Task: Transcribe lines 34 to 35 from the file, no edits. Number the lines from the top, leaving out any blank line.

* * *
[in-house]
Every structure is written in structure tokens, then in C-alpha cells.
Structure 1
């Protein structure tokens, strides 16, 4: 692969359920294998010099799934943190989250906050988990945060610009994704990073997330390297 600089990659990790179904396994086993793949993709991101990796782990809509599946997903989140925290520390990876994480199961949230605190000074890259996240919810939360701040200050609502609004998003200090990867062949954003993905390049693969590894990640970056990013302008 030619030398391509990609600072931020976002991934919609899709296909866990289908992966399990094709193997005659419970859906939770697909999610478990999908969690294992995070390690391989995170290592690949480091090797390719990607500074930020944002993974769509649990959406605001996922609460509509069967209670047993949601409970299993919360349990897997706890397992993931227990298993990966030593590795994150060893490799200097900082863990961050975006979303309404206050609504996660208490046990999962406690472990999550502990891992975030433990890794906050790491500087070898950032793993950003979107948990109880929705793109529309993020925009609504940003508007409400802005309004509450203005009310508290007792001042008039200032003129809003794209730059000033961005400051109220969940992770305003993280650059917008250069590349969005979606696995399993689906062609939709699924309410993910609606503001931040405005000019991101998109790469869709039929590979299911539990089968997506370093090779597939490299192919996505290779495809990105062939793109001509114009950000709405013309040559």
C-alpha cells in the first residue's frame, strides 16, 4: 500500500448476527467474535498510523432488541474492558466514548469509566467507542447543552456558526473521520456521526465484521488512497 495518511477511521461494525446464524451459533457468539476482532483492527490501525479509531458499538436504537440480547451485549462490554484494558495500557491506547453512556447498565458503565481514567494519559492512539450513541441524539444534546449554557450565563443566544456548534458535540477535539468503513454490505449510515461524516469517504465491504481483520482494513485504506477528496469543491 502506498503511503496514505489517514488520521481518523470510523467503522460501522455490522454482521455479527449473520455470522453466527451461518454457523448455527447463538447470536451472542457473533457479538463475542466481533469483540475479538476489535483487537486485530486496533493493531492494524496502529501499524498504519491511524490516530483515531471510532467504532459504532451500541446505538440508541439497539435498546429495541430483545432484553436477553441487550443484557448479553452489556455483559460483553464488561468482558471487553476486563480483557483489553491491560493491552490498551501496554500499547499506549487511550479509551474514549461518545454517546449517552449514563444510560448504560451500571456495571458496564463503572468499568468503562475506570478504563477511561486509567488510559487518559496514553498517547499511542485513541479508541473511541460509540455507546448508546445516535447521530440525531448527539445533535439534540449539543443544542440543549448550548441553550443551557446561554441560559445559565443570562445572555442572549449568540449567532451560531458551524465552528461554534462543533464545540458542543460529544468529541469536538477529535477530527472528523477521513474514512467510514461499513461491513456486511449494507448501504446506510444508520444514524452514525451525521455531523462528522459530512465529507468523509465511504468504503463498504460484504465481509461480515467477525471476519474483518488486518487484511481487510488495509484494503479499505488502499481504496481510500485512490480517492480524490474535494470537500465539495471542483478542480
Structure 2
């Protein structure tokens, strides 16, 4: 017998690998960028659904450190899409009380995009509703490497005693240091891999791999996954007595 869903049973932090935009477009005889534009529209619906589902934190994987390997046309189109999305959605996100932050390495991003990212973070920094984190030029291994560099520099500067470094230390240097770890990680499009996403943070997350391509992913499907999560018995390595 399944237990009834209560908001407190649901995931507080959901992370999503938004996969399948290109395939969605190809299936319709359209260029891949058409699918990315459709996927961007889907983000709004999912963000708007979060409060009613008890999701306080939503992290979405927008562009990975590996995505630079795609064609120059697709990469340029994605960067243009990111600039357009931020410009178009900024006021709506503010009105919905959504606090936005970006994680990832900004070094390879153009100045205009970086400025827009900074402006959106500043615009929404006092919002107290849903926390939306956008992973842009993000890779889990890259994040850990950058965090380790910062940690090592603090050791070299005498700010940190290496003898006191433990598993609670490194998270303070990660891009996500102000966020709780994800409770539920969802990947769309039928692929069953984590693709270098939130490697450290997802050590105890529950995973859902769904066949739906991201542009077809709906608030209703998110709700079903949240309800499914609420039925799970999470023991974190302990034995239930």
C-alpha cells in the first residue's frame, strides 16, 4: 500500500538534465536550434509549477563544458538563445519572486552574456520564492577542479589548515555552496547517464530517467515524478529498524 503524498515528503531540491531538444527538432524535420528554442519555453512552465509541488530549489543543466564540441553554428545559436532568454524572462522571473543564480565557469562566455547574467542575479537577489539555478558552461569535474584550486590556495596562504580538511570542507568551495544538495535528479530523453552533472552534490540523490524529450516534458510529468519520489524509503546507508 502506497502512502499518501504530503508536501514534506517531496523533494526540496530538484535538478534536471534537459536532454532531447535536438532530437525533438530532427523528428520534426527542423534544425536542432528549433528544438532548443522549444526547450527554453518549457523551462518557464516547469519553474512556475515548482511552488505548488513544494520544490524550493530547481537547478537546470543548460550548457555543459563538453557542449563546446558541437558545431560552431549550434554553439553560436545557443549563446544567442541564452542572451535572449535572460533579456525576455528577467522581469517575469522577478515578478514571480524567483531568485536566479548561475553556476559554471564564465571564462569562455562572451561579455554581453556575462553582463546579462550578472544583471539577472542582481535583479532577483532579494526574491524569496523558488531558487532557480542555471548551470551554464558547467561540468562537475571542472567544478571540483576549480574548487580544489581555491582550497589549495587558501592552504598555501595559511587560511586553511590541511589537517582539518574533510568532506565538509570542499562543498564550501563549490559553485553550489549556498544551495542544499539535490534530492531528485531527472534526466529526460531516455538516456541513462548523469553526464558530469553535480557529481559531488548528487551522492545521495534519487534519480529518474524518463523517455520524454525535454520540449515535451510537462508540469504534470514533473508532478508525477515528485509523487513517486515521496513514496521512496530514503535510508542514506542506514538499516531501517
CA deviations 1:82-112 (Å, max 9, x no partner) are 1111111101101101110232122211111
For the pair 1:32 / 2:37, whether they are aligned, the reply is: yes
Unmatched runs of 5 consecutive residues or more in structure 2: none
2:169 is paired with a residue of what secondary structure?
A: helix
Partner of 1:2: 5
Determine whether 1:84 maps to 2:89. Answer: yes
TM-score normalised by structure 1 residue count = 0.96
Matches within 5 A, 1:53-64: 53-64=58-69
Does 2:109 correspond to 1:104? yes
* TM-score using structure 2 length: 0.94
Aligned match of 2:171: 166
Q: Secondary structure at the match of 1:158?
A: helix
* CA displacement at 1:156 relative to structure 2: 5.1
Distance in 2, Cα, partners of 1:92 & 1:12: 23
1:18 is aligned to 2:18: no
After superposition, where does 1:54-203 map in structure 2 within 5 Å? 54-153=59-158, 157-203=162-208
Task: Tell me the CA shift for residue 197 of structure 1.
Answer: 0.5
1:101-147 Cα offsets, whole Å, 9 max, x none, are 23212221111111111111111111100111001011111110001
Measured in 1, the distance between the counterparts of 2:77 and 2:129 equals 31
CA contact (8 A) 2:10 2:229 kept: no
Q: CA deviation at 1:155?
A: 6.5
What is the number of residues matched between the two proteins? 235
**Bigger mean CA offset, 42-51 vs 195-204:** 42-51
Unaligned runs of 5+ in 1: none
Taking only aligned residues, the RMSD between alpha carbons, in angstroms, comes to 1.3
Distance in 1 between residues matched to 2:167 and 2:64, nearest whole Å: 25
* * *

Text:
What is the number of residues matched between the two proteins? 235
**Bigger mean CA offset, 42-51 vs 195-204:** 42-51